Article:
Welcome, Fall!
The final trio (and emotional climax) in Der Rosenkavalier (starting at 4:00 in this link) makes the entire four-and-a-half hours worth it. To summarize: Octavian, a 17-year-old boy (played by a mezzo-soprano), hesitates between the Marschallin, with whom he had an affair (that ended in Act I), and Sophie, the young woman he loves and met after the Marschallin. The Marschallin, still in love with the young Octavian, gracefully encourages the boy to follow his heart and choose Sophie. The first time I heard it, it didn't even occur to me to read the subtitles; no translation necessary because the music speaks for itself. This trio marked one of my first truly transcendent musical experiences, and this time was no different. The music fills me from the inside out. It's like watching sunshine stream in through a stained glass window, the light branching off into hundreds of different colors and patterns. It crescendos, unfolding layer upon layer of magic. Whenever I hear it, I feel suspended, as though my breathing is controlled by the music itself. Last night, the orchestra played incomparably, rising up to meet the singers and surpassing them when it all became too much for three single voices to carry. Music like this comes from within, making you aware of all the invisible parts of you -- all the thoughts and feelings you didn't know you could have.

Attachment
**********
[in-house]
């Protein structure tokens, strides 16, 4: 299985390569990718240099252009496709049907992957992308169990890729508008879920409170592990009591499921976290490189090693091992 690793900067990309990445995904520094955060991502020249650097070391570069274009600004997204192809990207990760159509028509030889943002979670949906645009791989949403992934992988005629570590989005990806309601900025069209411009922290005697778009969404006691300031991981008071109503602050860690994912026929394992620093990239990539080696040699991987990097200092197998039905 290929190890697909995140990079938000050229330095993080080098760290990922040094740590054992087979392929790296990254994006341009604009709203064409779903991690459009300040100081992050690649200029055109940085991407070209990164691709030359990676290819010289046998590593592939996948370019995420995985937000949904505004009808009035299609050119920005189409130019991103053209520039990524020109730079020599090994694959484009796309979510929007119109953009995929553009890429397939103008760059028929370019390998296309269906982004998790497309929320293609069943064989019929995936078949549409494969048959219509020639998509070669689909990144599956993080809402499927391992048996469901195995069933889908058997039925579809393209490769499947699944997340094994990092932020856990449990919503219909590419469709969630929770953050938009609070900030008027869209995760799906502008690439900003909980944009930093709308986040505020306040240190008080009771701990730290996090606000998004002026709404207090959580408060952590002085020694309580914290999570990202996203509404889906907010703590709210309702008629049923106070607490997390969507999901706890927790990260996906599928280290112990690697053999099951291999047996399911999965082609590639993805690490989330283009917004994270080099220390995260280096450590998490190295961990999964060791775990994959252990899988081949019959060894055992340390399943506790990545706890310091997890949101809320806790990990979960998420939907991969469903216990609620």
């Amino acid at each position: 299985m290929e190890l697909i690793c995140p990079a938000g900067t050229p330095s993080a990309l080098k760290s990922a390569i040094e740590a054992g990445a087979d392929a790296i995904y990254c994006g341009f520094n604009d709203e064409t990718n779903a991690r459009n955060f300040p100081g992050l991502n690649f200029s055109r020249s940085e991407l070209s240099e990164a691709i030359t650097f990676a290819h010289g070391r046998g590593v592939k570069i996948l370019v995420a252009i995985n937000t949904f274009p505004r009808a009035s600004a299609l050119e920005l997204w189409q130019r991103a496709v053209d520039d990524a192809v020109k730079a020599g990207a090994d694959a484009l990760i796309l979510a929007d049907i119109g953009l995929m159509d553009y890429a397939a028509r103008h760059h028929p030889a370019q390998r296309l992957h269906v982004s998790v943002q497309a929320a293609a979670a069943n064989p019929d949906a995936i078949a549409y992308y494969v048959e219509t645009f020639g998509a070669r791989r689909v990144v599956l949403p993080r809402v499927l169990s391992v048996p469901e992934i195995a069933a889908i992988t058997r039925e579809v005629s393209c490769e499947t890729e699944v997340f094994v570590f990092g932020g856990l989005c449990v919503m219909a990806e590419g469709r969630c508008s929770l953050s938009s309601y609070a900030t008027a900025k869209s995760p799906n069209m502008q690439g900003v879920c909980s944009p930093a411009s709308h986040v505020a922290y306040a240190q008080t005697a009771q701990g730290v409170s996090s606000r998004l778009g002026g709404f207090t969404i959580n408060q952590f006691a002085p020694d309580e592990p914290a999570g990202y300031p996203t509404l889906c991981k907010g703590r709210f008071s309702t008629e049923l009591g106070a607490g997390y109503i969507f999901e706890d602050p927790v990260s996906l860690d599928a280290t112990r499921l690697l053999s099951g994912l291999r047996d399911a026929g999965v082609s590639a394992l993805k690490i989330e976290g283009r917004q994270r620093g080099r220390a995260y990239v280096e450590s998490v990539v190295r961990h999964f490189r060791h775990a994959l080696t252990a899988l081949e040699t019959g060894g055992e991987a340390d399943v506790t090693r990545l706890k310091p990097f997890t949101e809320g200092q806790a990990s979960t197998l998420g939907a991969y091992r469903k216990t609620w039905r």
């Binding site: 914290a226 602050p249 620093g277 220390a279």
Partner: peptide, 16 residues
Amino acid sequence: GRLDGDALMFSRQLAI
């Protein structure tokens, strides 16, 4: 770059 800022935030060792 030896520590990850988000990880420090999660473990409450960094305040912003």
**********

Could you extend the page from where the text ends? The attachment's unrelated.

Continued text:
And on that note (pun semi-intended), it's time to begin the week.

Sunday, October 13, 2013

Weekly Interlude 19: Sometimes It's Sunny in Vienna

Lillian has returned!
Glitter is the bane of mothers, fathers, babysitters, and teachers all over the world. It sticks to everything, embeds in carpets and cracks, taunts you with a flash out the corner of your eye, only to disappear. It travels faster than the common cold, beginning on a craft table and metastasizing to the kitchen counter, the sofa, your hair. The only medicine I've discovered so far (and it's not even really a solution) is a huge, unprompted hug from Lillian, who is so cute and so happy to see me again that I have no choice but to let go of my Glitter Grief.

One of my many glitter tattoos